Classroom diversity teaches education majors lessons

FOR RELEASE
2007-06-08
Huntington, Ind.—Jennifer Weber begins reading a story about heroes to her special education class at Weisser Park Elementary School on the south side of Fort Wayne, Ind. Weber asks the students who their hero is, and a boy in first grade proceeds to tell her that his sister is his hero because she has saved him twice from being hit by a car.

“He is only a first grader, so that tells me it is an interesting neighborhood that he lives in,” said Weber, a junior elementary and special education major from Edgerton, Ohio. “That is a real problem, and hearing this made me realize that these kids go through a great deal.”

Weber was one of a group of 25 Huntington University students who were involved in a multicultural practicum in Fort Wayne in the spring of 2007. The students were spread throughout five elementary schools in Fort Wayne, including Weisser Park, Wayne Dale, Irwin, Harrison Hill and Maplewood elementary schools.


Katie Jo Brown
The multicultural practicum is offered to students of junior standing who are required to have teaching experience in a minority setting. Each student must teach two math and two science lessons along with interacting with the children.

These elementary schools have a balanced mixture of races in most classrooms. The diversity of the classroom gives the students a feel of what it would be like to teach in a multicultural setting. This experience exposes them to techniques which they may need to use in an alternative situation.


Kimberly Crist
“I think that the flexibility and the behavior management that we see in the classroom will allow us to make it specific to our classroom,” said Kimberly Crist, a junior elementary education major from Fort Wayne. “We can’t just use the same ideas with all children. This experience has shown me that you have to find something that works with all students.”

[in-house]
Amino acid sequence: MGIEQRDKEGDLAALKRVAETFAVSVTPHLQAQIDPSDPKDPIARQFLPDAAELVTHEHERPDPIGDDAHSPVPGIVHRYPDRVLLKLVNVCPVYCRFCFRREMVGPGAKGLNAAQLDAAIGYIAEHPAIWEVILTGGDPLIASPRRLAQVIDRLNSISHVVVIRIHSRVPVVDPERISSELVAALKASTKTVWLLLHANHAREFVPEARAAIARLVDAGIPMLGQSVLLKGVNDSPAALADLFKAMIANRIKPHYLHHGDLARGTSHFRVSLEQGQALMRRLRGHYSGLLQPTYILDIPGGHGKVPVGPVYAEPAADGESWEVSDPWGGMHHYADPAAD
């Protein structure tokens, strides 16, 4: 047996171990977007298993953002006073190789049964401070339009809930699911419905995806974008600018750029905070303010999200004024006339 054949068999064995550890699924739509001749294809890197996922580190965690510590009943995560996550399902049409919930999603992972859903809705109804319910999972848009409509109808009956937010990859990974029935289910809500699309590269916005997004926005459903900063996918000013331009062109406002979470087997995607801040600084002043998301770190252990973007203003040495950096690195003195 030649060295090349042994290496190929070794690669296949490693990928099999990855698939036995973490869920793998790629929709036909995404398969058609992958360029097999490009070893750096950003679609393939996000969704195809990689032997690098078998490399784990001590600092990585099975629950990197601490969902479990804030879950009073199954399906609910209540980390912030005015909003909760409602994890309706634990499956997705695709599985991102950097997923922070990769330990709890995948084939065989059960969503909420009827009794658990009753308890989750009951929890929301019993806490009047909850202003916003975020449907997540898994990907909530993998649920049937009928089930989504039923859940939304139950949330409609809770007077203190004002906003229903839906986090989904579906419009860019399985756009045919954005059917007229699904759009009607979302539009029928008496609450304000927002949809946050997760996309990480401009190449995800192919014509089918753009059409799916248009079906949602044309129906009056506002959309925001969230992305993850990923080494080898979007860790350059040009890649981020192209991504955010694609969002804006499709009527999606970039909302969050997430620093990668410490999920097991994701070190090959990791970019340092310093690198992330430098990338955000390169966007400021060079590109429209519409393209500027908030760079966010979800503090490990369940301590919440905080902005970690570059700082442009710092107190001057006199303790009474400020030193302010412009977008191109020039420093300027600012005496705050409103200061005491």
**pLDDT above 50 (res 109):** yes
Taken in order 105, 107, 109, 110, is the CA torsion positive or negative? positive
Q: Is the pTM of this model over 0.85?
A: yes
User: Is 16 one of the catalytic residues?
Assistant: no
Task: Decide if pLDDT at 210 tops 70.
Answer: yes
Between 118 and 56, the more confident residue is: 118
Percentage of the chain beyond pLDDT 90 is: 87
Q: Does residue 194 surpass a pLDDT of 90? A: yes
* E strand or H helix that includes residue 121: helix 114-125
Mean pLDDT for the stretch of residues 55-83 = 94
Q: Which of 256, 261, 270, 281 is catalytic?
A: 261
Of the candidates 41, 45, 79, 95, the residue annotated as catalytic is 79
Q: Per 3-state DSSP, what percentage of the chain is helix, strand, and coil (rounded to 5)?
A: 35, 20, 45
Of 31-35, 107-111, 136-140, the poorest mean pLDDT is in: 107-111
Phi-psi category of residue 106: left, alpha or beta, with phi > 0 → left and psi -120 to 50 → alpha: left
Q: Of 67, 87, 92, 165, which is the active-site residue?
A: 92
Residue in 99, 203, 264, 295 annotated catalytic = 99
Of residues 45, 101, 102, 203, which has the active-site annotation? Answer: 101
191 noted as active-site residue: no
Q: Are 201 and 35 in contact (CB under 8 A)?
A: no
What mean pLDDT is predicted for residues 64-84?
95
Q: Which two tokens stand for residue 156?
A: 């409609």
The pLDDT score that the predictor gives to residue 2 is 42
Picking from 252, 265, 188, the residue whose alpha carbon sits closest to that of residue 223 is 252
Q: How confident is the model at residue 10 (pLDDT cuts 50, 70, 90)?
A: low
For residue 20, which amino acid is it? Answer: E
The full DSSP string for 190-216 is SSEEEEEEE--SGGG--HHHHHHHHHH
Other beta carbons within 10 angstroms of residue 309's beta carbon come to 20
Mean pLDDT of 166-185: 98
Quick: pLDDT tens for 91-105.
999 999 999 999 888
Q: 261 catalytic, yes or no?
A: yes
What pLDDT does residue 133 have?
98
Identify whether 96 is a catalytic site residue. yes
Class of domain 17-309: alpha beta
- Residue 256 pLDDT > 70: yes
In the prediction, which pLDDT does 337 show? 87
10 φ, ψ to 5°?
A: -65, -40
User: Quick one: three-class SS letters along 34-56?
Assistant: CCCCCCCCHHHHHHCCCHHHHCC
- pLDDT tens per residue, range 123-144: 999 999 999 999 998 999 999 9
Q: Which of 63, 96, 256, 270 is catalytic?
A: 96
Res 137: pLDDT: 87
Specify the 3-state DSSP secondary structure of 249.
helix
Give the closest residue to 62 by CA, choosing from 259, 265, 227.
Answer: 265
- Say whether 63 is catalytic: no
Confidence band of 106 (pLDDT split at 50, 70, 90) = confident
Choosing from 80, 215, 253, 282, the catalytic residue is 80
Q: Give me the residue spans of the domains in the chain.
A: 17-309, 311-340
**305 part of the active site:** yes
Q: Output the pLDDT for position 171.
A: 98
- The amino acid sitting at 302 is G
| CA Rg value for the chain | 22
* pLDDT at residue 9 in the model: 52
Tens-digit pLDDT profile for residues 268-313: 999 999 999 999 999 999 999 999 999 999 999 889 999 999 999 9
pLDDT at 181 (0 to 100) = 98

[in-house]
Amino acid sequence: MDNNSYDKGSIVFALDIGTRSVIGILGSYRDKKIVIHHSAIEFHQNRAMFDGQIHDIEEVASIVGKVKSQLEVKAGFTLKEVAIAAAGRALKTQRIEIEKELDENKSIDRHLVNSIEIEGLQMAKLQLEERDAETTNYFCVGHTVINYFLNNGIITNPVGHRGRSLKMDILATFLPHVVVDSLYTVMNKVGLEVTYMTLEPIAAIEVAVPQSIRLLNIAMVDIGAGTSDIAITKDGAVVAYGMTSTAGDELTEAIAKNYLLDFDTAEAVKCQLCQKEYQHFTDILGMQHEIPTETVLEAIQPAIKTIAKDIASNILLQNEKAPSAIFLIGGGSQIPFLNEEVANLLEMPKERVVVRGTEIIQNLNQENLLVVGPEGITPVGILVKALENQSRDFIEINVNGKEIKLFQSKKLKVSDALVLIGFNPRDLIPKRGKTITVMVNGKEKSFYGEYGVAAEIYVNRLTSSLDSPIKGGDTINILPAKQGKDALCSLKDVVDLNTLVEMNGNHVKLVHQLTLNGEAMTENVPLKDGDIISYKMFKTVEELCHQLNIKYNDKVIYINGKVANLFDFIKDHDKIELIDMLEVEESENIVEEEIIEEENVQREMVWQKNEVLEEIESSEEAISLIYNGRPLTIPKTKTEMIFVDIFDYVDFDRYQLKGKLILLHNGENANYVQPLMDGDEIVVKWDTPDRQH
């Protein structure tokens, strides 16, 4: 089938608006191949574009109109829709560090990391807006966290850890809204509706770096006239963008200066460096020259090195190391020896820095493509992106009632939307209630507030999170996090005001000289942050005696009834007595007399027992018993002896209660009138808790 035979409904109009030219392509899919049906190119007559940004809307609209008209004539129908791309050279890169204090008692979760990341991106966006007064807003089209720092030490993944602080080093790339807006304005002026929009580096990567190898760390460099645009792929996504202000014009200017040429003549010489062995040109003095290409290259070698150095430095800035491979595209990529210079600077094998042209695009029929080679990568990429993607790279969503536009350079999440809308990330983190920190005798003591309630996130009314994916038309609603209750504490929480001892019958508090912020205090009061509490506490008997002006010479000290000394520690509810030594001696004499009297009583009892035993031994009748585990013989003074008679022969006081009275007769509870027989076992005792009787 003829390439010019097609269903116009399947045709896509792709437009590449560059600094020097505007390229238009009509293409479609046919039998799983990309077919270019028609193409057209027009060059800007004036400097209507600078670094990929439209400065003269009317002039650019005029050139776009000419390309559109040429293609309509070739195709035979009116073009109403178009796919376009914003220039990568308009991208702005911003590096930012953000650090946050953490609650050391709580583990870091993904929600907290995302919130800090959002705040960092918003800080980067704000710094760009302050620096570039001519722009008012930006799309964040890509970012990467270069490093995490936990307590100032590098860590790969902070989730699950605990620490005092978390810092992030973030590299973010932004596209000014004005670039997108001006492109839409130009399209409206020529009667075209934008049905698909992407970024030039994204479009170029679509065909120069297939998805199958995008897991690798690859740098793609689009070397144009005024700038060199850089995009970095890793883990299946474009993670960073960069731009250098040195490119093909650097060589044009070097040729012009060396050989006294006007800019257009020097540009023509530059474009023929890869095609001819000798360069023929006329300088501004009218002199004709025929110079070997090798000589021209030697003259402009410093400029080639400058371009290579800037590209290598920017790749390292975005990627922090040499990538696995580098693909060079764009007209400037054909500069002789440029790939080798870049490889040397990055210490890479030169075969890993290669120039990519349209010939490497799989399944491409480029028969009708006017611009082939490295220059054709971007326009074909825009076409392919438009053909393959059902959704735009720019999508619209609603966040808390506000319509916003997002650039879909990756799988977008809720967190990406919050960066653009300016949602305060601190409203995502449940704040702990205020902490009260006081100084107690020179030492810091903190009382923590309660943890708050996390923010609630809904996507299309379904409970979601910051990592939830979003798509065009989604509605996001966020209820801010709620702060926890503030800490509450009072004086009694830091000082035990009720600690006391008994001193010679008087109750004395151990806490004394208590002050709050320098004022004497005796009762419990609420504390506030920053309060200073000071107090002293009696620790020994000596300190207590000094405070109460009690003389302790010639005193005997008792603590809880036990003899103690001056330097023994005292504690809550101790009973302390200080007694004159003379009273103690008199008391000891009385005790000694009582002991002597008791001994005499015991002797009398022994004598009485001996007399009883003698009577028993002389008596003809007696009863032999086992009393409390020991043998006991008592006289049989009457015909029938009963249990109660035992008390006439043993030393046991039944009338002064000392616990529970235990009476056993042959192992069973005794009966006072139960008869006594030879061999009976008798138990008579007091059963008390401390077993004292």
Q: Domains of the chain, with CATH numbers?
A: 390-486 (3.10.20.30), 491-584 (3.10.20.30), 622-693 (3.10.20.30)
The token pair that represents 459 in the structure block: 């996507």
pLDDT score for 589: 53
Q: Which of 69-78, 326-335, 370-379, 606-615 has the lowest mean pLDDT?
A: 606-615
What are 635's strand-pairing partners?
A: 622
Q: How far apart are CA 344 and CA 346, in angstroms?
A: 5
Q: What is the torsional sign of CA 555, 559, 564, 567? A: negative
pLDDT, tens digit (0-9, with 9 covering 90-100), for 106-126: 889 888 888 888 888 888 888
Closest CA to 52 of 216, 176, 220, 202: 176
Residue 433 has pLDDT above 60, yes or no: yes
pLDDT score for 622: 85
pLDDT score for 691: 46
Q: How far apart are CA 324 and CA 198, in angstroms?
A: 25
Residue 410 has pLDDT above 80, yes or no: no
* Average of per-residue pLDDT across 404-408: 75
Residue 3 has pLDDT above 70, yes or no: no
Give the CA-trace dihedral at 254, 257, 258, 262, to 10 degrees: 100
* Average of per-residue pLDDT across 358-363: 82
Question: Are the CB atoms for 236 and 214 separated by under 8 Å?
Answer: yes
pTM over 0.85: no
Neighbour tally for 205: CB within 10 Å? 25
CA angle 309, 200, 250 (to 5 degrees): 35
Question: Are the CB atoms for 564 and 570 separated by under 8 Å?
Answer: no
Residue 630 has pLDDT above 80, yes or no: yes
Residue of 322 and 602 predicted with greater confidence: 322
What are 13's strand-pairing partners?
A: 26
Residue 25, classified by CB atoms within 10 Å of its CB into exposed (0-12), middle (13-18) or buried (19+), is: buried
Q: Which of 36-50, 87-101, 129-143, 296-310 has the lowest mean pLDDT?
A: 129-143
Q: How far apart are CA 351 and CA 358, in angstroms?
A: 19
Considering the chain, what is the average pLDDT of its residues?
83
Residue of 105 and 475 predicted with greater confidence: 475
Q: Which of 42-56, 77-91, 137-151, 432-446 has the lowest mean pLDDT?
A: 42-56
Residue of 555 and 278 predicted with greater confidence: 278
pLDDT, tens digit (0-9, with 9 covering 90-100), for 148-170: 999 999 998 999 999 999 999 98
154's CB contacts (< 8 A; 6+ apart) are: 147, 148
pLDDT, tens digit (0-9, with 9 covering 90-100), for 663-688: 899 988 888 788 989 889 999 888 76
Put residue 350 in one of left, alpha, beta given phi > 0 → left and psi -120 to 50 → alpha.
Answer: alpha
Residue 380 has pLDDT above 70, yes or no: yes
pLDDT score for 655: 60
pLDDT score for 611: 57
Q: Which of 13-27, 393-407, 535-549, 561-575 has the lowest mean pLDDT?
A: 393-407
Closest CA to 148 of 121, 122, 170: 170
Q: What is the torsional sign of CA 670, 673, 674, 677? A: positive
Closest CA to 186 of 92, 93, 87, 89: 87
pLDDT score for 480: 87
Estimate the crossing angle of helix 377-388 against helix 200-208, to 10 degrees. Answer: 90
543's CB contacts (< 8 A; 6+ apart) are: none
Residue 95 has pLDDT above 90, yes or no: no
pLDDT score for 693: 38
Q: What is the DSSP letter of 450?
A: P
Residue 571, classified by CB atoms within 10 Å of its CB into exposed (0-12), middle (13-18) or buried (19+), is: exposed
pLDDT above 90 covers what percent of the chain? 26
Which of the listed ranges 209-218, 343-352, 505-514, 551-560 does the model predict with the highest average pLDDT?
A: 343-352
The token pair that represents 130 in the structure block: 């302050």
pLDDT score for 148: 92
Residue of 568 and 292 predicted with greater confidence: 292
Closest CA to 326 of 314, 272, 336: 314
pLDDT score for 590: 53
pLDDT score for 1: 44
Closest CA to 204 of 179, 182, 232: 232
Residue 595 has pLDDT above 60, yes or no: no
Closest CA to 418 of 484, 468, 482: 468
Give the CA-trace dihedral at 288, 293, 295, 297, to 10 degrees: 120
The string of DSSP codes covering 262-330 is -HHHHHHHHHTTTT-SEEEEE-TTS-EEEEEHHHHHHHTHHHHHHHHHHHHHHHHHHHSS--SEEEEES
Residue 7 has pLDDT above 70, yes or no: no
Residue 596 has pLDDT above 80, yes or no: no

Each teacher in the classroom has a different way of monitoring the behavior of the classroom. The different techniques allow the student to see the variety of ways to enforce discipline and stability in classroom.


Jennifer Weber
“Some of my kids used to hide their behavior charts. Now we have a tag system where you pick a card, and each kid brings a behavior card home,” said Katie Jo Brown, a junior elementary education major from Eaton Rapids, Mich. “My teacher is really good at doing balanced literacy. She has a grammatical unit each week. That unit then becomes a good application to review and see what we have talked about in previous classes.”

The practicum showed some students that a teacher has to become flexible in the classroom. The teacher must adhere to the schedule, and if problems occur, they must deal with them accordingly. Whatever the situation, the teacher has to be prepared to deal with what happens no matter what is going on.

“One of the main things that I learned is how to be flexible. Since working with special education students, I experienced that not everything will turn out the way you want it to,” said Weber. “You have to cater to what happens because you never know what each situation will bring. Special concern is with some of the students that have emotional or behavior problems. Each day can be different because of their personality. You cannot be distracted when things go wrong because they will.”

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Huntington University is a comprehensive Christian college of the liberal arts offering graduate and undergraduate programs in more than 70 academic concentrations. U.S.News & World Report ranks Huntington among the best colleges in the Midwest. Founded in 1897 by the Church of the United Brethren in Christ, Huntington University is located on a contemporary, lakeside campus in northeast Indiana. The University is a member of the Council for Christian Colleges and Universities (CCCU).  
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